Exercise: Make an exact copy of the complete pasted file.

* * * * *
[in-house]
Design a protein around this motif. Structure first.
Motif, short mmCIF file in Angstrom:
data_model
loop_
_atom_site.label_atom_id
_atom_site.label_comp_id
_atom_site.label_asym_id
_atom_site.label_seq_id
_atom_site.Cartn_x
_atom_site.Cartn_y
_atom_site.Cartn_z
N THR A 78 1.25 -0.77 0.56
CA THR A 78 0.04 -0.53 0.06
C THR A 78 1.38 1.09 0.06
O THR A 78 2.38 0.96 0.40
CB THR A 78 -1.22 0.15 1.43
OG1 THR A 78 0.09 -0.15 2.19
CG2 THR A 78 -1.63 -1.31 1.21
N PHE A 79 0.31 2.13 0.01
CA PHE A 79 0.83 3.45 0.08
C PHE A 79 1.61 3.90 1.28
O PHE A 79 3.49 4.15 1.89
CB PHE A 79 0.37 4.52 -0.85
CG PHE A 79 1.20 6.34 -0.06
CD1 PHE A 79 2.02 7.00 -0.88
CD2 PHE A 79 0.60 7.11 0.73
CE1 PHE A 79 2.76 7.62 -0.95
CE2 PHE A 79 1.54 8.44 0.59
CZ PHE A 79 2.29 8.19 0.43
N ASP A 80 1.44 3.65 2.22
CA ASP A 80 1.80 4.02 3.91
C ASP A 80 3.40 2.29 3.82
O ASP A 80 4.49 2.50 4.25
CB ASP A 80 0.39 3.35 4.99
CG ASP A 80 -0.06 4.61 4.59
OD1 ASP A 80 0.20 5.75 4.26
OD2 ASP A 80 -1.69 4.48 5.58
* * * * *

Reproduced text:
[in-house]
Design a protein around this motif. Structure first.
Motif, short mmCIF file in Angstrom:
data_model
loop_
_atom_site.label_atom_id
_atom_site.label_comp_id
_atom_site.label_asym_id
_atom_site.label_seq_id
_atom_site.Cartn_x
_atom_site.Cartn_y
_atom_site.Cartn_z
N THR A 78 1.25 -0.77 0.56
CA THR A 78 0.04 -0.53 0.06
C THR A 78 1.38 1.09 0.06
O THR A 78 2.38 0.96 0.40
CB THR A 78 -1.22 0.15 1.43
OG1 THR A 78 0.09 -0.15 2.19
CG2 THR A 78 -1.63 -1.31 1.21
N PHE A 79 0.31 2.13 0.01
CA PHE A 79 0.83 3.45 0.08
C PHE A 79 1.61 3.90 1.28
O PHE A 79 3.49 4.15 1.89
CB PHE A 79 0.37 4.52 -0.85
CG PHE A 79 1.20 6.34 -0.06
CD1 PHE A 79 2.02 7.00 -0.88
CD2 PHE A 79 0.60 7.11 0.73
CE1 PHE A 79 2.76 7.62 -0.95
CE2 PHE A 79 1.54 8.44 0.59
CZ PHE A 79 2.29 8.19 0.43
N ASP A 80 1.44 3.65 2.22
CA ASP A 80 1.80 4.02 3.91
C ASP A 80 3.40 2.29 3.82
O ASP A 80 4.49 2.50 4.25
CB ASP A 80 0.39 3.35 4.99
CG ASP A 80 -0.06 4.61 4.59
OD1 ASP A 80 0.20 5.75 4.26
OD2 ASP A 80 -1.69 4.48 5.58